New Delhi, July 12 Gaurav Sharma has just lost his house to his estranged wife, and he is not the only man ordered by the court to surrender his home as courts seek to crack down on domestic violence.
Life took an ugly turn for Sharma when a Delhi court asked him to vacate his newly bought house in Gurgaon near Delhi and hand over possession to a wife who had left him three years after marriage.
The dramatic development took place after his wife slapped a case of domestic violence. Sharma pleaded with the court to be lenient but was forced to move to a rented accommodation.
The Domestic Violence Act of 2006 seeks to provide protection and compensation for all kinds of abuse at home directed at women — including physical, sexual, verbal, emotional and economic.
Sharma, who works with an IT consultancy company, explained what he underwent: “I was happily married to Sunita. But since she could not adjust with my parents, I bought a house on loan. However things did not work between us. She left the home on her own after five months to live with her parents in Delhi. I explored every option to bring her back but failed.”
His wife slapped a case of domestic violence and dowry harassment against him and his family.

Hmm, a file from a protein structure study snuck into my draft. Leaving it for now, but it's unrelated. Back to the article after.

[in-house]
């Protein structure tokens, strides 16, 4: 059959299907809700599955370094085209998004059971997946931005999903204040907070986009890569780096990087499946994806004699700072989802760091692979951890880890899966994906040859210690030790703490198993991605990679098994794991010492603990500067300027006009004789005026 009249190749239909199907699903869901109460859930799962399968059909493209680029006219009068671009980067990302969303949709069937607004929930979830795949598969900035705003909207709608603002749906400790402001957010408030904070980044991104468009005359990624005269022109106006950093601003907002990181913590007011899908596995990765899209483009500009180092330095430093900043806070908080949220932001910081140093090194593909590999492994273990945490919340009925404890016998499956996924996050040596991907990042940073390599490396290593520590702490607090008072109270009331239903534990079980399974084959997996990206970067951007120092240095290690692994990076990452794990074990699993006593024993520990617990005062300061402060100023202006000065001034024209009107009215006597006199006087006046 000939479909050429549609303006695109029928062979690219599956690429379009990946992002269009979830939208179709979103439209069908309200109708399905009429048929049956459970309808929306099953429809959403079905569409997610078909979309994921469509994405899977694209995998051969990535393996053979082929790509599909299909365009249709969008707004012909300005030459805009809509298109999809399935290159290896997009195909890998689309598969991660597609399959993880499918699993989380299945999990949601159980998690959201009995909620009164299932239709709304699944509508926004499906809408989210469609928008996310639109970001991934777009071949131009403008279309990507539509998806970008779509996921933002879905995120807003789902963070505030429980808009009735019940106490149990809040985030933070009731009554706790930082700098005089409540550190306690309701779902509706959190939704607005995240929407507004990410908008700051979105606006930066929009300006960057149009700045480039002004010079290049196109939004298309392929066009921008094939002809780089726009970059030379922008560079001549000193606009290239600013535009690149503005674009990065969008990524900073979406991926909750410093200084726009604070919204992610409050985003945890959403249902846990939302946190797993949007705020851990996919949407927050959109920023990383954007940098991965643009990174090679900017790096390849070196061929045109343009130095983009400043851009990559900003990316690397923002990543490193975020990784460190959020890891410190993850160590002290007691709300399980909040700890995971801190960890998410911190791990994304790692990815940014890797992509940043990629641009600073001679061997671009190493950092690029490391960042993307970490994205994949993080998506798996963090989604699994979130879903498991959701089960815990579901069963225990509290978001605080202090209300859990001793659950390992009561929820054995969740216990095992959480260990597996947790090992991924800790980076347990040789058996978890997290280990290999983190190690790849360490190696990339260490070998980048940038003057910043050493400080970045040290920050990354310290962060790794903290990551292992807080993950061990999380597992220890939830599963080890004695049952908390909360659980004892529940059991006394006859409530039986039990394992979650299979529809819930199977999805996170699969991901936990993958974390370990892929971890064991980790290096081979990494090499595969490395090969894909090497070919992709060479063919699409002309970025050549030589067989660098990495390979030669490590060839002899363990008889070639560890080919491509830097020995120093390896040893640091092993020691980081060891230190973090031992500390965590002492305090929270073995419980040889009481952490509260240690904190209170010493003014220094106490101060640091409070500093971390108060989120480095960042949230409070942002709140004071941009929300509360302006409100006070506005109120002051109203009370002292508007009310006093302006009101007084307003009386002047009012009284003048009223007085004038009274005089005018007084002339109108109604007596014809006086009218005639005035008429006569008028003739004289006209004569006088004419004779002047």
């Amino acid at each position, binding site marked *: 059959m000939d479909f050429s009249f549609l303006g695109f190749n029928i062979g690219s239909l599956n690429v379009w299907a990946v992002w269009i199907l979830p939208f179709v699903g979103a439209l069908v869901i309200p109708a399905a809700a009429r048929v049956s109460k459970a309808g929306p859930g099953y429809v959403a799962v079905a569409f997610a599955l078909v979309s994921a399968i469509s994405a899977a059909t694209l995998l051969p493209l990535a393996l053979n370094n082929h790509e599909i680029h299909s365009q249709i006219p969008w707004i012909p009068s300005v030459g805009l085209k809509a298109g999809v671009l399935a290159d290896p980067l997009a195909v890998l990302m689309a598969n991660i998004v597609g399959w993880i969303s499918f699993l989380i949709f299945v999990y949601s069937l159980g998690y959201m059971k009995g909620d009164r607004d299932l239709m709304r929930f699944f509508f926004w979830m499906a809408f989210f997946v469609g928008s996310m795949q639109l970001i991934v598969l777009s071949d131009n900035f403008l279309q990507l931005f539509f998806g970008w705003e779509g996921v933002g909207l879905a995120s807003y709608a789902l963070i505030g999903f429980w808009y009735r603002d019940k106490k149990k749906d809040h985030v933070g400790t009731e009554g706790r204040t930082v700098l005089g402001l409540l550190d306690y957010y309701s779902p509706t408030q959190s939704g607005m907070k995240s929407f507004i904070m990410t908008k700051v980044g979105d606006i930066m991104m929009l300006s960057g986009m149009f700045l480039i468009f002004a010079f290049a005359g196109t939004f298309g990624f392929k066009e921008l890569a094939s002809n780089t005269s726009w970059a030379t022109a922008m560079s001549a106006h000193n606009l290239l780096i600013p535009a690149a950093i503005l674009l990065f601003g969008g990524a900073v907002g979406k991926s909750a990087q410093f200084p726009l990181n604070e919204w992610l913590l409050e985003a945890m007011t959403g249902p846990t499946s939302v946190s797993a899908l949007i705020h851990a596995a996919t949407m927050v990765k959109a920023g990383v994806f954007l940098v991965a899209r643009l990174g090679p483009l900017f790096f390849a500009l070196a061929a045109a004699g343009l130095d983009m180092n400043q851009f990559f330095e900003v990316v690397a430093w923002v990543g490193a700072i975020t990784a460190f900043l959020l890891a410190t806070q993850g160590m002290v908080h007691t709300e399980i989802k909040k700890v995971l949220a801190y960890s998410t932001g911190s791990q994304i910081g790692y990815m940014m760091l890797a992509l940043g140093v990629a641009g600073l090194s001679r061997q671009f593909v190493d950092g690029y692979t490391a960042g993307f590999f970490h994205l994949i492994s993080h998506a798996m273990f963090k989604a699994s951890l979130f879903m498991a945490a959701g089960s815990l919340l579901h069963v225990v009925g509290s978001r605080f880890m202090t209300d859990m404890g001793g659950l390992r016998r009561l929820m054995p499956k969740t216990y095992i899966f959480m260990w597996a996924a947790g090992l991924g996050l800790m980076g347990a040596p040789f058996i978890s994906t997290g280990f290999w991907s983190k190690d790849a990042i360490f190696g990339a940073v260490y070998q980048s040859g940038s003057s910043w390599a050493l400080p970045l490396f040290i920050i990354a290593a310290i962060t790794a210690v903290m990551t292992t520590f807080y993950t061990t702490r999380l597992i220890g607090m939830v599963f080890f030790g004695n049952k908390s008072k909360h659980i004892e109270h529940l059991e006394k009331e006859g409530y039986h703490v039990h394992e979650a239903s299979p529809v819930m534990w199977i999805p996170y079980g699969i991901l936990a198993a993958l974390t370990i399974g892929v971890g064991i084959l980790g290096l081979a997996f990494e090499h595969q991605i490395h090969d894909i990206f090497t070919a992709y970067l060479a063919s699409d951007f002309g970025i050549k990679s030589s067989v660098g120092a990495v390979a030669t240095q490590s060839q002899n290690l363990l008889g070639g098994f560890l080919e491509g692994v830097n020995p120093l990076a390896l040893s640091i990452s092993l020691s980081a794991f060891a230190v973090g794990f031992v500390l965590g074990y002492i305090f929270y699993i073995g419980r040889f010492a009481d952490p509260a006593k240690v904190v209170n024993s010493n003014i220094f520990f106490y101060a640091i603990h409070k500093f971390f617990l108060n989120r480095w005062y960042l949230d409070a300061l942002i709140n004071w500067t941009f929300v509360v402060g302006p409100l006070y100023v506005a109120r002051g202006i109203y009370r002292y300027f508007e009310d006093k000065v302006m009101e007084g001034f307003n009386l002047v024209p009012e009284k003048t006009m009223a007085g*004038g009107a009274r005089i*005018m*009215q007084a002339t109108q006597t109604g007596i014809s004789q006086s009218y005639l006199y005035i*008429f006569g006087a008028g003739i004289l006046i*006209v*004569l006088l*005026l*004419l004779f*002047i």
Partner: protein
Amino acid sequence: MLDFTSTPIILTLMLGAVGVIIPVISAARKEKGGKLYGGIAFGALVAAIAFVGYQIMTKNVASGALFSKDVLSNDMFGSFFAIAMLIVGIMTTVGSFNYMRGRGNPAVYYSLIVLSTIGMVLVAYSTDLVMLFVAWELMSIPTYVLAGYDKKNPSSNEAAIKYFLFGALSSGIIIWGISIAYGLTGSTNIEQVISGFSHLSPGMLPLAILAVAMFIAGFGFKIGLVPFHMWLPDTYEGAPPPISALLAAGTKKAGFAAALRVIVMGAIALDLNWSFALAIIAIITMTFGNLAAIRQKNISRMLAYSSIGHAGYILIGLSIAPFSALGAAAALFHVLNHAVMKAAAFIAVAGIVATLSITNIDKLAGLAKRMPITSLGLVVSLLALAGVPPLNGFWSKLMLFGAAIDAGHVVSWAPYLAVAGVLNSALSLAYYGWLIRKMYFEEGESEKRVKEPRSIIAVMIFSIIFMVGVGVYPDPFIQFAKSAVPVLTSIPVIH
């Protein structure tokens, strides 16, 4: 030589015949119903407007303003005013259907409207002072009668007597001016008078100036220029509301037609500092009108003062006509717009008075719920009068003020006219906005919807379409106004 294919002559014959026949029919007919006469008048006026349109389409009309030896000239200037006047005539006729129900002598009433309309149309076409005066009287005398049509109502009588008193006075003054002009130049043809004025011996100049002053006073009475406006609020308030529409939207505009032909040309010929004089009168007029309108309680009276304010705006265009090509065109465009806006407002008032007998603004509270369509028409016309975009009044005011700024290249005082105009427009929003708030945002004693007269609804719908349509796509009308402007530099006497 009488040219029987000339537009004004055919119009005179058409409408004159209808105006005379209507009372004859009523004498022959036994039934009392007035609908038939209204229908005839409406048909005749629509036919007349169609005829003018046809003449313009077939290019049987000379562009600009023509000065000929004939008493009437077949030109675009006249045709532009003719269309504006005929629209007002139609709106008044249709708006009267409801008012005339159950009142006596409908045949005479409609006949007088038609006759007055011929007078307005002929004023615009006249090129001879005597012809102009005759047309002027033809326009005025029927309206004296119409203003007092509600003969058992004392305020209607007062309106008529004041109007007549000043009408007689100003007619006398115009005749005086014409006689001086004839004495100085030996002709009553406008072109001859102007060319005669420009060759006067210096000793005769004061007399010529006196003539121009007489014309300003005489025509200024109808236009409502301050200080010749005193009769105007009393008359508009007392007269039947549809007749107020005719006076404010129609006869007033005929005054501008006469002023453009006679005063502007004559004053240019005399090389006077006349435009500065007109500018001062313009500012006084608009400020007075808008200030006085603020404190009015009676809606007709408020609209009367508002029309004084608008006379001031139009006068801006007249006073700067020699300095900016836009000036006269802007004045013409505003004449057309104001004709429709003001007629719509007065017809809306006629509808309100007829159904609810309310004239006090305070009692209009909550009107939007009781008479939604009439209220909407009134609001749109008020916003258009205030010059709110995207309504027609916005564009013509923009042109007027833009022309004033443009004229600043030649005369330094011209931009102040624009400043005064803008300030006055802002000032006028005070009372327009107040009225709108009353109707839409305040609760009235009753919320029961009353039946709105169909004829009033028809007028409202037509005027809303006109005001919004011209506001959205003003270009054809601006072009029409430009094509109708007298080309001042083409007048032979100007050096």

“Within a month, a court directed me to vacate the house and give its possession to my wife,” Sharma said. At the same time he had to keep paying the loan instalments of Rs.40,000 a month.
On top of it, he pays the rent for the Dwarka house where he lives.
Sections 18-23 of the Domestic Violence Act provide a large number of avenues for an abused woman to get relief. She can get protection orders, residence orders, monetary relief and custody order for children.
“I pleaded with the court that I will get her a rented accommodation but the court asked me to give the keys of my house to her and directed me not to visit that house,” Sharma said.
According to him, Sunita works with a multinational, earning Rs.6 lakhs a year.
Sharma’s is not the only case where a husband has had to vacate the house.
Sandeep Bhartia, founder of the Gender Human Rights Society, which fights for the rights of men accused of domestic violence, said that married men were daily losing their homes under the Domestic Violence Act.
He said the act was so stringent that judges at times overlooked points that may show the husbands in good light.
“In some cases the husband and wife were staying separately for more than two years, in some maintenance had already been decided. But all that is immaterial when the act comes into play. Judges have to give some relief, at least a right of residence to her,” Bhartia said.